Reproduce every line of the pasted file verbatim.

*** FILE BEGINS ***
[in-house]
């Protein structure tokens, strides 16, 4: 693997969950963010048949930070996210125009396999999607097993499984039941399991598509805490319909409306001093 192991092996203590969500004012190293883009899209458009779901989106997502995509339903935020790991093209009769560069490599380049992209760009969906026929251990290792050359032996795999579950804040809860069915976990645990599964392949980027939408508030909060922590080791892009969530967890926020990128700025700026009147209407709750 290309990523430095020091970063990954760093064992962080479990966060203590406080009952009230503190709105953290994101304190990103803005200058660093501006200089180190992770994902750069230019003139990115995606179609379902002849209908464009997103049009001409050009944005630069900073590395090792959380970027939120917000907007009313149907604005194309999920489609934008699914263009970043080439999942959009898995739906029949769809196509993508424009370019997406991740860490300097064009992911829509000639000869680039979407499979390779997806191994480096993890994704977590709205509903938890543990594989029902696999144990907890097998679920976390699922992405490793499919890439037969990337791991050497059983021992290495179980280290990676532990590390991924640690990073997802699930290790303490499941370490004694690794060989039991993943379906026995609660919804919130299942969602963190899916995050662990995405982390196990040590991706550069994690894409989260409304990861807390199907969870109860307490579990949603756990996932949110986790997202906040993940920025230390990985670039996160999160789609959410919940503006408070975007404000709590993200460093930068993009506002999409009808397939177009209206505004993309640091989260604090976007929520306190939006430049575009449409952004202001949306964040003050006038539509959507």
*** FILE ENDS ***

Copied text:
[in-house]
């Protein structure tokens, strides 16, 4: 693997969950963010048949930070996210125009396999999607097993499984039941399991598509805490319909409306001093 192991092996203590969500004012190293883009899209458009779901989106997502995509339903935020790991093209009769560069490599380049992209760009969906026929251990290792050359032996795999579950804040809860069915976990645990599964392949980027939408508030909060922590080791892009969530967890926020990128700025700026009147209407709750 290309990523430095020091970063990954760093064992962080479990966060203590406080009952009230503190709105953290994101304190990103803005200058660093501006200089180190992770994902750069230019003139990115995606179609379902002849209908464009997103049009001409050009944005630069900073590395090792959380970027939120917000907007009313149907604005194309999920489609934008699914263009970043080439999942959009898995739906029949769809196509993508424009370019997406991740860490300097064009992911829509000639000869680039979407499979390779997806191994480096993890994704977590709205509903938890543990594989029902696999144990907890097998679920976390699922992405490793499919890439037969990337791991050497059983021992290495179980280290990676532990590390991924640690990073997802699930290790303490499941370490004694690794060989039991993943379906026995609660919804919130299942969602963190899916995050662990995405982390196990040590991706550069994690894409989260409304990861807390199907969870109860307490579990949603756990996932949110986790997202906040993940920025230390990985670039996160999160789609959410919940503006408070975007404000709590993200460093930068993009506002999409009808397939177009209206505004993309640091989260604090976007929520306190939006430049575009449409952004202001949306964040003050006038539509959507």